The NSW Court of Criminal Appeal is reserved in the Rafael Cesan case.
A District Court jury convicted Cesan of drug offences at a trial presided over by Judge Ian Dodd, who slept for extended bouts during the hearing.
“Noddy” Doddy has since left the bench to prevent his sleep getting in the way of his judging. Apart from being very tired he was a decent codger and not a bad judge.
Cesan is appealing his conviction on the grounds that a sleeping judge meant that he did not get a fair trial and that there was a miscarriage of justice. Basten, Grove and Howie presided over this question for two days – June 8 and July 4.
The hearing threw up many insights into the challenge posed by the extended judicial snooze.
John Basten said that three things may have been affected by the dozing judge:
1. Justice Dodd’s summing up.
2. The jury may have inferred he took a certain attitude about the evidence, and
3. A judge going to sleep is like a judge not being in the court, raising a jurisdictional issue.
Hament Dhanji, for the convicted man, called witnesses who testified that Dodd had fallen asleep for periods of up to 25 minutes at a stretch.
Cesan testified that at worst the judge nodded off for periods of 15 to 20 minutes a couple of times during the 14-day trial, including while he was being cross-examined. He said he could hear Dodd snoring and his associate would make noises to wake him up.
Margarita Migues, Cesan’s mother, told the appeal judges that she knew Judge Dodd was sleeping because he was slumped on his chair, arms resting on the bench, head tilted forward and was completely still. She thought that he had fallen asleep at some time during the trial on a daily basis, sometimes for a few minutes.
Ivan Amaro, a friend of the appellant, gave evidence that Noddy slept for two to 15 minutes at a time. He said he knew Dodd was sleeping because he was slouched back, had his hands clasped in front of him, head tilted to the side and eyes closed.
Veronica Cabrera recalled that Dodd fell asleep for periods of up to 25 minutes and she heard him snoring while Cesan was giving evidence. She said he also slept while the crown was questioning to witnesses.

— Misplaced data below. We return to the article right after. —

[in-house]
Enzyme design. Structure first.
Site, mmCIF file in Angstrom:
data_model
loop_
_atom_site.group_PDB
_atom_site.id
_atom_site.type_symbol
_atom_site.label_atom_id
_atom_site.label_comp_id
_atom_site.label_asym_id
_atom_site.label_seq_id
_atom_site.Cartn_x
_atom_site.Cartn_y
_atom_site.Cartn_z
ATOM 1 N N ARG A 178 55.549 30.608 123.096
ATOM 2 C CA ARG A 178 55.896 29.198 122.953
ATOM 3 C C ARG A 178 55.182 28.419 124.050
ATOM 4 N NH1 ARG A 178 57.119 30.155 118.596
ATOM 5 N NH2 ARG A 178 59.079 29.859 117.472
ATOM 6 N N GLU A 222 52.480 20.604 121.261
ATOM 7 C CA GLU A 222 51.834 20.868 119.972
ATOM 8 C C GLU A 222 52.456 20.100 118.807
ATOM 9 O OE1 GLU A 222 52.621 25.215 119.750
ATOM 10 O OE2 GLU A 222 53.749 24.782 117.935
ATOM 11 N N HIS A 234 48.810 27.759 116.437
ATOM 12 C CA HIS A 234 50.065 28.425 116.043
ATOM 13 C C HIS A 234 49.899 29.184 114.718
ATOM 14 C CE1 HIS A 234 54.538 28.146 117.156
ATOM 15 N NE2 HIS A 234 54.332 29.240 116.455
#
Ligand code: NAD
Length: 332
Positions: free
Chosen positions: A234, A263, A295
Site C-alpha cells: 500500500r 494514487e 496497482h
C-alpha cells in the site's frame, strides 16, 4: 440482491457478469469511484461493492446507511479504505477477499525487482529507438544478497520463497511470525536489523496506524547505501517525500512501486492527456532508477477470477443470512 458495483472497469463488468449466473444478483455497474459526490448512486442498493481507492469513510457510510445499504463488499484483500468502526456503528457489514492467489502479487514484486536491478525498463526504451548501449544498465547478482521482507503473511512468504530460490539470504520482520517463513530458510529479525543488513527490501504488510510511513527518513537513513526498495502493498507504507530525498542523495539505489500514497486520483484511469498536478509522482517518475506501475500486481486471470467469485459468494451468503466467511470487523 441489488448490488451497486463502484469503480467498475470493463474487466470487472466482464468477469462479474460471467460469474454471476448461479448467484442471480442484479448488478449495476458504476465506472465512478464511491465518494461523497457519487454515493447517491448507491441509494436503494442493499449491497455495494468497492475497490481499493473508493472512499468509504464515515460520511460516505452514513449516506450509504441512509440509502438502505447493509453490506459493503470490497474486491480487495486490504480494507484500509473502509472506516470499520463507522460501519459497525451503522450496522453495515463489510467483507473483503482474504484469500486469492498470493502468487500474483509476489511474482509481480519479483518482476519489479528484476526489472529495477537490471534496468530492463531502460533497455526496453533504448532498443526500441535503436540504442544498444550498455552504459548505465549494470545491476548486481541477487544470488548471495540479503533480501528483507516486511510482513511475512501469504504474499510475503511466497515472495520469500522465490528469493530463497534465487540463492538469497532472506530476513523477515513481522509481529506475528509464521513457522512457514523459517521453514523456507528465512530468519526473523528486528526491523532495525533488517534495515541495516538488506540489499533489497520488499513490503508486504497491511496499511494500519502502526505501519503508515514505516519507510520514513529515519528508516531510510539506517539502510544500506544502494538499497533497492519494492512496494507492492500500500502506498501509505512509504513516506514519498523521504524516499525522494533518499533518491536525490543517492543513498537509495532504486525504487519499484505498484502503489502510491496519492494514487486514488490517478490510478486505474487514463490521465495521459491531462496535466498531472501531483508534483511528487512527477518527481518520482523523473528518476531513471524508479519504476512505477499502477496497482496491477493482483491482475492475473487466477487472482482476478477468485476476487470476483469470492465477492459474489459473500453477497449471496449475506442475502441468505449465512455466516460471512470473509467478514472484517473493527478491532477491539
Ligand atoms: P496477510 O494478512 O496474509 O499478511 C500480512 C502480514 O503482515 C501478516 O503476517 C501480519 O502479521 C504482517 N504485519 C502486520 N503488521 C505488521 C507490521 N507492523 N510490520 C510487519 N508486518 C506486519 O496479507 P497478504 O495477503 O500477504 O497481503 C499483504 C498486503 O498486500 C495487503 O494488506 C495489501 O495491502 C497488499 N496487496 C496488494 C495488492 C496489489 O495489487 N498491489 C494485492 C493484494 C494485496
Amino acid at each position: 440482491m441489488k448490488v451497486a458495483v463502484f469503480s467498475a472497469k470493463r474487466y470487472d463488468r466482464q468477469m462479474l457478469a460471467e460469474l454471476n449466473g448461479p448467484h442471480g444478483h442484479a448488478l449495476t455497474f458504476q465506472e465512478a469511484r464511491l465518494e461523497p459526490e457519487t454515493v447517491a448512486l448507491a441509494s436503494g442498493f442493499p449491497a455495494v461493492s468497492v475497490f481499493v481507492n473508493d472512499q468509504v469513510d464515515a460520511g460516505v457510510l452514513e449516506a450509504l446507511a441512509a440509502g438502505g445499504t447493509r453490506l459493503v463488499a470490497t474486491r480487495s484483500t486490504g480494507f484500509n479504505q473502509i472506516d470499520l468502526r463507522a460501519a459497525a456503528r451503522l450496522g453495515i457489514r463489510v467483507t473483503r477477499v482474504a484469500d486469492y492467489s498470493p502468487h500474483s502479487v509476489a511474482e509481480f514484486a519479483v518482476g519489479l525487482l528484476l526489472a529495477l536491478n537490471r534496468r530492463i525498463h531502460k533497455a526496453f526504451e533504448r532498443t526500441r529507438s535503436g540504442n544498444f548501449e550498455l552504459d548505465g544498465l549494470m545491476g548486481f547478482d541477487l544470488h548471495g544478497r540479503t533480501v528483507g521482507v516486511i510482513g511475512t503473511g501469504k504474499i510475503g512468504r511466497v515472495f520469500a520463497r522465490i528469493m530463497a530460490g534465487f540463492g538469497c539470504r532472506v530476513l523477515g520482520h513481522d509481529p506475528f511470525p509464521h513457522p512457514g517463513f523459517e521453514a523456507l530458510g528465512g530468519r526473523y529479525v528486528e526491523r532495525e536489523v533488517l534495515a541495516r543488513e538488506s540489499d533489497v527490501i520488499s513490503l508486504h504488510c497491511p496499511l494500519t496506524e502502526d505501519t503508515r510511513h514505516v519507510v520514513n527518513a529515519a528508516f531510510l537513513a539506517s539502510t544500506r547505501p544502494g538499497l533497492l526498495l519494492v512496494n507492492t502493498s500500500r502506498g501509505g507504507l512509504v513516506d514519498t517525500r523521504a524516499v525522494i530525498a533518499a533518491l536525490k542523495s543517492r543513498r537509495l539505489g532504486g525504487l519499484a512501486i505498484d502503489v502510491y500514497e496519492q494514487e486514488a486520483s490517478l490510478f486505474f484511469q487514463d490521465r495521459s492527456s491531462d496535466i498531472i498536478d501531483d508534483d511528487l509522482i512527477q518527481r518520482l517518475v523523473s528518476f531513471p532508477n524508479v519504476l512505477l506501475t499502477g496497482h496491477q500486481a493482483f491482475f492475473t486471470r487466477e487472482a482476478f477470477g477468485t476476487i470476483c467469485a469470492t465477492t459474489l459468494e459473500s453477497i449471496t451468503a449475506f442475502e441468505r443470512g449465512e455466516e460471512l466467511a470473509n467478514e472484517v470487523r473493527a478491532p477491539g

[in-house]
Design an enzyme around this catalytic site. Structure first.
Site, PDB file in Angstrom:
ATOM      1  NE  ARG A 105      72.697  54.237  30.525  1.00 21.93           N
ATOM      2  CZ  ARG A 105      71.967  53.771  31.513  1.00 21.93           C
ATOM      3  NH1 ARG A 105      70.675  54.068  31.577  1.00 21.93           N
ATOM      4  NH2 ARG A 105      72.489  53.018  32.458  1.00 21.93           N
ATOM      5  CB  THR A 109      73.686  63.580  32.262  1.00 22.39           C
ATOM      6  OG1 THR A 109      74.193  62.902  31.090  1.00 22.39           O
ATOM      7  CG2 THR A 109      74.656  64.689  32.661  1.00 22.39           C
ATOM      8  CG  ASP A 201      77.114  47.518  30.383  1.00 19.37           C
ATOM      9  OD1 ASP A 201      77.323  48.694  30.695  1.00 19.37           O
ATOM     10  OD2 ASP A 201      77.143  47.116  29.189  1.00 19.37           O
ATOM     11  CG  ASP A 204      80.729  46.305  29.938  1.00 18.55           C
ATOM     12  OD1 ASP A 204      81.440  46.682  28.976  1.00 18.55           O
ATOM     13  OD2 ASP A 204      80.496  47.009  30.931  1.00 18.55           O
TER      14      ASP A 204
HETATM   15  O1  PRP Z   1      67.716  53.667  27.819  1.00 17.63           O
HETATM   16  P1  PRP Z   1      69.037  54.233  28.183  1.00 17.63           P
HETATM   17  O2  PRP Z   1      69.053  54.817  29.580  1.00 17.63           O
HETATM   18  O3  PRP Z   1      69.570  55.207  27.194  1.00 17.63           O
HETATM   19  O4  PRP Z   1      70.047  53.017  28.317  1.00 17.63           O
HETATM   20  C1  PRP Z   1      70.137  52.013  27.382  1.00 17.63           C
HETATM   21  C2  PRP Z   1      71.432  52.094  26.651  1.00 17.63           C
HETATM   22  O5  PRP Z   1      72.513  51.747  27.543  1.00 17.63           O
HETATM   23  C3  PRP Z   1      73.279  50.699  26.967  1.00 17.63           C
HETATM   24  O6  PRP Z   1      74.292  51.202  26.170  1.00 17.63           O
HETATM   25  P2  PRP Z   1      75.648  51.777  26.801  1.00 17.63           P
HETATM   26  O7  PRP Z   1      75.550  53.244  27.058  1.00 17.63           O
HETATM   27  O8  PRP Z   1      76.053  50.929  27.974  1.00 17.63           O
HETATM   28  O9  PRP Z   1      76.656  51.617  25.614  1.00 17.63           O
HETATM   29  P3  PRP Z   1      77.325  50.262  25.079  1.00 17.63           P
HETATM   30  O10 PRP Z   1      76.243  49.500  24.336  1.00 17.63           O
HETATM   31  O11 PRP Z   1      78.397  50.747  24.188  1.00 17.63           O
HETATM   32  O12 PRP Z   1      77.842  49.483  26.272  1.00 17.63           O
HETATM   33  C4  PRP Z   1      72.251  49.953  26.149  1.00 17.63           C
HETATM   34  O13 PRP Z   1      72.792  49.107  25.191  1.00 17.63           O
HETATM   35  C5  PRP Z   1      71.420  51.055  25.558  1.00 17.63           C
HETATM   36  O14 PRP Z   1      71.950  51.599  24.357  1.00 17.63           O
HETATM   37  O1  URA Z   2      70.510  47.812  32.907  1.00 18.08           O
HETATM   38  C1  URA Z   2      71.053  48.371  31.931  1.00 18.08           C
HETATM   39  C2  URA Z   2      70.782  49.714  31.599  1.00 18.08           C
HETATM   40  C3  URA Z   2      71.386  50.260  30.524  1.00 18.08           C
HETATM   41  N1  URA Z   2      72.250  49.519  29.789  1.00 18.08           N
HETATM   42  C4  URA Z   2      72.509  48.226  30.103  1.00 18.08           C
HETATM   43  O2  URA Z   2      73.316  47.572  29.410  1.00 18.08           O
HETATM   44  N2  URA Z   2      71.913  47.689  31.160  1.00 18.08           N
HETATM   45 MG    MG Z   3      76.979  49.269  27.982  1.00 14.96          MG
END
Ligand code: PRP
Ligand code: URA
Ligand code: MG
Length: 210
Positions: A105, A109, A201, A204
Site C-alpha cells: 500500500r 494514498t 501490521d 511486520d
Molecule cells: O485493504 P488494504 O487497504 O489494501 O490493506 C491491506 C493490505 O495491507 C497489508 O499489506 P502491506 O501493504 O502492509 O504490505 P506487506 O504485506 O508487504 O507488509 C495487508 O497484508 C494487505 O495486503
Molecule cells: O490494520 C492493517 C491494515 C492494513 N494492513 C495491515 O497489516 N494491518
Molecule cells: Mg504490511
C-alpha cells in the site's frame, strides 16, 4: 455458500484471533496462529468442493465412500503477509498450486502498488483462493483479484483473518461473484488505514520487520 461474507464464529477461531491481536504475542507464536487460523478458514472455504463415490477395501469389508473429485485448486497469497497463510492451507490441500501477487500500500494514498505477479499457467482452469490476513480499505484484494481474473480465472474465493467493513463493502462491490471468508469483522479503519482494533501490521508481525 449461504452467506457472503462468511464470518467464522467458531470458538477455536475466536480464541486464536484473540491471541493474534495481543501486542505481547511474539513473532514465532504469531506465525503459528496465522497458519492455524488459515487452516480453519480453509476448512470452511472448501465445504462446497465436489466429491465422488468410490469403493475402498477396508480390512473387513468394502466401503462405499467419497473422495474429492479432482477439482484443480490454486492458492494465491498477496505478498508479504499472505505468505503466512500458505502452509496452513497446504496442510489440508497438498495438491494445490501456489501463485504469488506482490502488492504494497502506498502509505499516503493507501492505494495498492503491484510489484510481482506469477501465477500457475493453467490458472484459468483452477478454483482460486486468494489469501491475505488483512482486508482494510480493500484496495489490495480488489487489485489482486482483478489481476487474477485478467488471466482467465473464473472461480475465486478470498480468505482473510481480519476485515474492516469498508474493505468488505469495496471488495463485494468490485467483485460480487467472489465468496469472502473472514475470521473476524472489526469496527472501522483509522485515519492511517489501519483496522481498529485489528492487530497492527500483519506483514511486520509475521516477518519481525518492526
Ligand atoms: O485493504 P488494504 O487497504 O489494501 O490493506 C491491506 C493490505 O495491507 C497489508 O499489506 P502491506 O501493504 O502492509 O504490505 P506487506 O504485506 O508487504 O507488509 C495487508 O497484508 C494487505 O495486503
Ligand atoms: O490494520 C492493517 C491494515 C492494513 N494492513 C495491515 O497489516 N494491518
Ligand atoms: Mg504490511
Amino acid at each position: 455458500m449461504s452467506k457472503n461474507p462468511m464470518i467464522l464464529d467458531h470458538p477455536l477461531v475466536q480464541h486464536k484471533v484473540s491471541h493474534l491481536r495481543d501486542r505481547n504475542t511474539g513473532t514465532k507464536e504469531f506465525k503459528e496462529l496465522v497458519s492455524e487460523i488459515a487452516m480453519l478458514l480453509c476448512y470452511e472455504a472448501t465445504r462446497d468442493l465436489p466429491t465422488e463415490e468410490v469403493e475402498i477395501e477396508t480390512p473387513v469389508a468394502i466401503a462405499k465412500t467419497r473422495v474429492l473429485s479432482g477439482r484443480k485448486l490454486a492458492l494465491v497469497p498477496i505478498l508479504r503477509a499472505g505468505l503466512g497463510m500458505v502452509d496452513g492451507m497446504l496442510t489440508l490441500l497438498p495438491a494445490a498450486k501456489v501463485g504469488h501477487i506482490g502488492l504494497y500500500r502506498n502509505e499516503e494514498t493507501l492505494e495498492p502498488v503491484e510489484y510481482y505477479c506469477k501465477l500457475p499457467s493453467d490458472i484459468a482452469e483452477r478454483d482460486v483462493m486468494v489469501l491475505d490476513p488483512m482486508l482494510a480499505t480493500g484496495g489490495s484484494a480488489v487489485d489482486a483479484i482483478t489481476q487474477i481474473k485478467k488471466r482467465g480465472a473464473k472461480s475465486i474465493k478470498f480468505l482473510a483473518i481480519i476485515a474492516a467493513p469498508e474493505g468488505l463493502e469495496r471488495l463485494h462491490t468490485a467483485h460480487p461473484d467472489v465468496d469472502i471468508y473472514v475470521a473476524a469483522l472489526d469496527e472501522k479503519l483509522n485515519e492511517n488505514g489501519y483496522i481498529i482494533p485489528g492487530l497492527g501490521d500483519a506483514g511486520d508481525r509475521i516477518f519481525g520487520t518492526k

Patricia Lawson said that when Dodd fell asleep, the prosecutor would knock the microphone to get his attention. Both the prosecution and defence would clear their throats and speak more loudly. She claimed he fell asleep for periods of 15 to 20 minutes.
Gabriella Cesan, Rafael’s sister, gave evidence that the trial judge fell asleep for periods of approximately 20 minutes. She said a couple of times she heard him snoring when her brother was giving evidence.
Magalli Locaputo, the appellant’s aunt, gave evidence that she heard Dodd snoring for periods up to about 15 minutes, including when Cesan was giving evidence.
Geoffrey Bellew, SC, the prosecutor at the trial, said he remembered one occasion when Dodd appeared to be asleep. He thought the judge was probably asleep on other occasions.
Dhanji submitted that if the judge was asleep, he was effectively absent and the court was not properly constituted and the proceedings were not properly heard or disposed of. He went so far as to say that justice must not only be done, but it must also be seen to be done.
Wendy Abraham QC, for the crown, submitted that while she accepted that Dodd (pic) appeared to be asleep, he was not sleeping to the extent claimed by the appellant. She said that both judges and counsel have been known to close their eyes without being asleep. Cesan admitted under cross-examination that he had written a letter to the judge saying that he had had a “very fair trial”.
Justice “Hot” Rod Howie declared that he was not satisfied that Dodd slept for periods of 20 minutes and that the witnesses were giving estimations more than three years after the event. It was not necessarily a case of justice not being seen to be done, he thought, because the accused believed he had had a fair and just trial, while knowing Dodd had nodded off.
At the July 4 hearing, Dhanji introduced a fresh constitutional angle. He submitted that a trial by jury is required and that the notion of trial by jury is one of the jury sitting with a judge who is present, available, and who instructs the jury as required by law. By falling asleep the judge undermined the ability of the court as well as public confidence in it.
Howie disagreed because, notwithstanding that the judge fell sleep, Cesan thought he got a fair trial, so public confidence could not have been undermined.
Dhanji said that when the judge was awake he was assumed to be capable of doing more than one thing at a time. If the judge was asleep, or drifting in and out of sleep, he was no longer capable of acting as required. The judge is withdrawn from the proceedings.
Howie said that a judge who is asleep is physically present and that there is a difference between saying that a judge is absent from the court room and being present but asleep.
Dhanji put it that an absent judge has control over his absence while a sleeping judge lacks control over his absence.
Abraham submitted that the evidence did not bear out that the judge had been asleep for significant periods, and that the accused and his counsel knew the judge was sleeping at the time and nothing was done about it.
She said that the judge was a good draw for them and that the accused had not produced evidence that Dodd had made an error. She claimed that Dhanji had elevated the judge’s apparent sleeping to constituting absence from the court.
Hot Rod said that there was clear evidence the judge was asleep at some stages during the trial, but there was a question as to how often and how long.
The judgment on whether you can still get a decent trial if the judge is unconscious is eagerly awaited by those of us who can stay awake long enough.